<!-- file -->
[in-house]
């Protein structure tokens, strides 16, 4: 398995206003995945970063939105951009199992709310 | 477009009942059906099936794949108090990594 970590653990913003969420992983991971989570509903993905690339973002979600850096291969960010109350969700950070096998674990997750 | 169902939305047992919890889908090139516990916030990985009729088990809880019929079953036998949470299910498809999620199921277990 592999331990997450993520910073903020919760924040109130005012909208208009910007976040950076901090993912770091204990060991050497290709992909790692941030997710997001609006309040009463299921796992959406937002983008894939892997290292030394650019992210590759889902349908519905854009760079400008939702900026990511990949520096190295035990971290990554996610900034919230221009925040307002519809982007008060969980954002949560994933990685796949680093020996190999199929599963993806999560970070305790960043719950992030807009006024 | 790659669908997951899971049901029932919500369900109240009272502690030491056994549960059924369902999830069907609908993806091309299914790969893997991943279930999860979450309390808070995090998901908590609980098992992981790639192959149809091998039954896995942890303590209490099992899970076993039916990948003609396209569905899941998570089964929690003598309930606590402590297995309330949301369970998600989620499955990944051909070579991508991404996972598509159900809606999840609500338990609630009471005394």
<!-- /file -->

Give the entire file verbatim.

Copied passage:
[in-house]
């Protein structure tokens, strides 16, 4: 398995206003995945970063939105951009199992709310 | 477009009942059906099936794949108090990594 970590653990913003969420992983991971989570509903993905690339973002979600850096291969960010109350969700950070096998674990997750 | 169902939305047992919890889908090139516990916030990985009729088990809880019929079953036998949470299910498809999620199921277990 592999331990997450993520910073903020919760924040109130005012909208208009910007976040950076901090993912770091204990060991050497290709992909790692941030997710997001609006309040009463299921796992959406937002983008894939892997290292030394650019992210590759889902349908519905854009760079400008939702900026990511990949520096190295035990971290990554996610900034919230221009925040307002519809982007008060969980954002949560994933990685796949680093020996190999199929599963993806999560970070305790960043719950992030807009006024 | 790659669908997951899971049901029932919500369900109240009272502690030491056994549960059924369902999830069907609908993806091309299914790969893997991943279930999860979450309390808070995090998901908590609980098992992981790639192959149809091998039954896995942890303590209490099992899970076993039916990948003609396209569905899941998570089964929690003598309930606590402590297995309330949301369970998600989620499955990944051909070579991508991404996972598509159900809606999840609500338990609630009471005394």